The sanctuary of Artemis Orthia

At the east end of the city, near the banks of the river Evrotas, it is worth visiting the Sanctuary of Artemis Orthia (9th century BC), one of the most important sanctuaries of ancient Sparta, which was the religious center of Spartan “Agoge” (training of the young).
The Mycenaean deity Orthia was originally worshiped in the temple, which in historical times was identified with Artemis.

The excavations of the British School of Athens from the beginning of 1900 proved the continuous worship of the goddess from the geometric era until the Roman times, when the sanctuary acquired a monumental form with an altar of 24 m in length and 7 m. width. In the geometric era, here was a small shrine with an altar which during the 8th c. BC was replaced by a temple that was later destroyed and gave way to a new one, built on the same foundations, in the 2nd c. BC. The Romans in the 3rd century AD added a theater to the east with a diameter of 54 m, with the temple taking the place of a stage. Externally, the construction was supported by a series of pillars and arches. The sanctuary was the place where the ritual of whipping was performed. During the ritual, which was based on the bloody customs of the time, Spartan teenagers, with the encouragement of their family, stood the whipping bravely even until death. Written sources state that the priestess of the temple holding the wooden statue of the goddess encouraged the whippers to hit harder. Those who remained standing were named winners. During the Roman era, the whipping ritual lost its religious character and became a bloody spectacle that attracted crowds of spectators.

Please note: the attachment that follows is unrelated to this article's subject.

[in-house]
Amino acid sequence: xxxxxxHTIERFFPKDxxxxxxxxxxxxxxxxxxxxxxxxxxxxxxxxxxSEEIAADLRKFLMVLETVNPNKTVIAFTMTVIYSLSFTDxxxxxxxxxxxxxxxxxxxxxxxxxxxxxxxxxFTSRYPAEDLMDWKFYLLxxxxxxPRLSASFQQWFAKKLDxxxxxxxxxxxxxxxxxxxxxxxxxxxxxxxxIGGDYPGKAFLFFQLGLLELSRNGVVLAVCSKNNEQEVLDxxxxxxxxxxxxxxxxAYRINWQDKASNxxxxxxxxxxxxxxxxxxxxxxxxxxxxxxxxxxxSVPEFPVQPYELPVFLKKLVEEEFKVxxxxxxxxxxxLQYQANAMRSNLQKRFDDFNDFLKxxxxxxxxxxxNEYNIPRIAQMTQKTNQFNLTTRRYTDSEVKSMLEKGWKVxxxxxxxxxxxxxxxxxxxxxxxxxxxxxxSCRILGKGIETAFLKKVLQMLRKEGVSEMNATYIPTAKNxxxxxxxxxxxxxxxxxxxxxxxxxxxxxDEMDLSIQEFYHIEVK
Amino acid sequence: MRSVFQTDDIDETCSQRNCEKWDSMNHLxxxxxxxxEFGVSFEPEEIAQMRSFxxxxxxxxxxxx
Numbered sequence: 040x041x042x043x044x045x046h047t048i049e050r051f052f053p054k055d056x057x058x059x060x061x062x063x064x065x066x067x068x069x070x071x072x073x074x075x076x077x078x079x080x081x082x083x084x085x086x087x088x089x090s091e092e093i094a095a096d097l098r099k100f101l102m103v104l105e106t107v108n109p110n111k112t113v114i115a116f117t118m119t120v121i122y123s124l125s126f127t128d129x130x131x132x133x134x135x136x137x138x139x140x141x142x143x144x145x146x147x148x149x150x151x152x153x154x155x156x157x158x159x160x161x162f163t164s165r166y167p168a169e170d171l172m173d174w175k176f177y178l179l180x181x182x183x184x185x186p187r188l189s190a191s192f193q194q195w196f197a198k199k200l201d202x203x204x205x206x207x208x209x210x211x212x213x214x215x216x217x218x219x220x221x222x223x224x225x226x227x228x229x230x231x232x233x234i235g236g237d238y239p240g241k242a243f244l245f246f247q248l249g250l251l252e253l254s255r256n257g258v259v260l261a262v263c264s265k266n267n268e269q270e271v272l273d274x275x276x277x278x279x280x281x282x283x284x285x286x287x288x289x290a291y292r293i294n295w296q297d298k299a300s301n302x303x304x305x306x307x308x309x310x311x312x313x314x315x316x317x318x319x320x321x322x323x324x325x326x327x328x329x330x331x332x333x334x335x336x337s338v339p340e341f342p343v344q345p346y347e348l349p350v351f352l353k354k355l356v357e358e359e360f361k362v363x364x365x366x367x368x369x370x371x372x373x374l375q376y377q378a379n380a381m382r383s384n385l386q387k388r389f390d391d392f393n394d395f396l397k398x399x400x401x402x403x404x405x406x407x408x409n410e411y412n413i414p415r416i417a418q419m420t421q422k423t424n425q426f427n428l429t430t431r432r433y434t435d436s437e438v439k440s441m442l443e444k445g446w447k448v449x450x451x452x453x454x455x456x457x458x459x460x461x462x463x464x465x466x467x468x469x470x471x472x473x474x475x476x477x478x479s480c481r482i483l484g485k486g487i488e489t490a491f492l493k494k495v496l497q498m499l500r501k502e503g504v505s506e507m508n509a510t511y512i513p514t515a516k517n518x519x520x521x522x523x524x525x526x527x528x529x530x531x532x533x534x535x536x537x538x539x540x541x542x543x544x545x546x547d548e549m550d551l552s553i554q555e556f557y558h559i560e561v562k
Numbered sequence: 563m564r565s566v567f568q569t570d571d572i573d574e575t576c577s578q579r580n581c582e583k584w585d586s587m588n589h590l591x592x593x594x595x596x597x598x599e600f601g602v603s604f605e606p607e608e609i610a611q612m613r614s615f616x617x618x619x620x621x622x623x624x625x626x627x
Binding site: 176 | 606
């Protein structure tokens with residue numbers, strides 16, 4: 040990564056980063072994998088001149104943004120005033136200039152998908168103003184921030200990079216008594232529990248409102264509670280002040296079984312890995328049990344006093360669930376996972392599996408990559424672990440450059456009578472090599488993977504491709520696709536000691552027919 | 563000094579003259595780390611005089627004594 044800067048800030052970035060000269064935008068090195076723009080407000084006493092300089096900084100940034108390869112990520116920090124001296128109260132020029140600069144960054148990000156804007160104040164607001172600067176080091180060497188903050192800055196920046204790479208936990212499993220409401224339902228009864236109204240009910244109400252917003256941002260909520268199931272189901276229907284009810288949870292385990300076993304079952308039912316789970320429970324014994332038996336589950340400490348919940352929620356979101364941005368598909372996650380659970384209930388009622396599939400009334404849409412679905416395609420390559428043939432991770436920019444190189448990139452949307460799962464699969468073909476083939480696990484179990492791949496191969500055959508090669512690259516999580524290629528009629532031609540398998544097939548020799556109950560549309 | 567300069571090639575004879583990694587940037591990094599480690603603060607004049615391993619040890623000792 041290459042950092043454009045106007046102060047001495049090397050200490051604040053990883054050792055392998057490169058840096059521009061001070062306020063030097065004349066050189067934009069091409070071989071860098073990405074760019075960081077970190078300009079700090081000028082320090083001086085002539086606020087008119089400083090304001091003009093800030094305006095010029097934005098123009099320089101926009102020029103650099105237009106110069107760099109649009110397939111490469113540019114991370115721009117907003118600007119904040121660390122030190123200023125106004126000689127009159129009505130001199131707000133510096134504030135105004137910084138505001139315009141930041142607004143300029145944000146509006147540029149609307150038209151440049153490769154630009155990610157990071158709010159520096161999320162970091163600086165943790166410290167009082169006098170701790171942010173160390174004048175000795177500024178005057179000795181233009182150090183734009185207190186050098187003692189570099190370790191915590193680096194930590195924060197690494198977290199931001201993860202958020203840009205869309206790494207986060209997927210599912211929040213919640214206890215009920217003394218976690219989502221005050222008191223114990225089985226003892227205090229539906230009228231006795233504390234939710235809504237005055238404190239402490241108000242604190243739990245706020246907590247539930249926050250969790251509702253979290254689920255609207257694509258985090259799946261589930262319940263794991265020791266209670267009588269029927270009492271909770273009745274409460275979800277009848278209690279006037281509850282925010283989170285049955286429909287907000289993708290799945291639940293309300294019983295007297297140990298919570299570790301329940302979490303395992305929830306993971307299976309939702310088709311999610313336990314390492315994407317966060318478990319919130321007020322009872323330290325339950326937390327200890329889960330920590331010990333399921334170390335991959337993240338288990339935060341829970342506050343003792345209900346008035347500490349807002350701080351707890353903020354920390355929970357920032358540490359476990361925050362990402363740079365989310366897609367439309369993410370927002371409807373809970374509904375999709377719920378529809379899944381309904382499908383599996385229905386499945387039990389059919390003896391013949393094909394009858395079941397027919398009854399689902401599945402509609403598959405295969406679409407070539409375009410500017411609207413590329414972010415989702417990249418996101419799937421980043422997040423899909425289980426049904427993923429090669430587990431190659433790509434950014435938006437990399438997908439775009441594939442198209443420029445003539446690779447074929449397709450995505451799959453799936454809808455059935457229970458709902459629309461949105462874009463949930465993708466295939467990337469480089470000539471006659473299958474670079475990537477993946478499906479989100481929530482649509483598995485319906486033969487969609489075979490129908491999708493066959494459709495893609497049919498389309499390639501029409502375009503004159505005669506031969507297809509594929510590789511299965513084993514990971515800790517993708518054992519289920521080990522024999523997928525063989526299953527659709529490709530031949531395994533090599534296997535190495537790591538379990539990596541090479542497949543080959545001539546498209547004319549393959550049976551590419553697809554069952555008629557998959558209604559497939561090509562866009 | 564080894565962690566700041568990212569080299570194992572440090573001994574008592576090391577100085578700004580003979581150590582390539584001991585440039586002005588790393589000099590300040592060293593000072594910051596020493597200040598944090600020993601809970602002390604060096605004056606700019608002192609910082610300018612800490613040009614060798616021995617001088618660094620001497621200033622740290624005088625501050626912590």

As far as we know, the rituals in honor of the goddess had an initiating role and had the form of theatrical events with the participation of the public. The discovery of a large number of clay votive masks, led archaeologists to the conclusion that the participants either wore them during the rituals or they were imitations of others made from perishable materials. The figures of these masks vary as they depict warriors, young people, satyrs, gorgonia, and caricatures of the elderly, with the latter being the most numerous. Other finds include a large number of vases and thousands of small lead figurines with a huge range of subjects such as warriors, animals, mythological beings and many others that are considered offerings of ordinary citizens.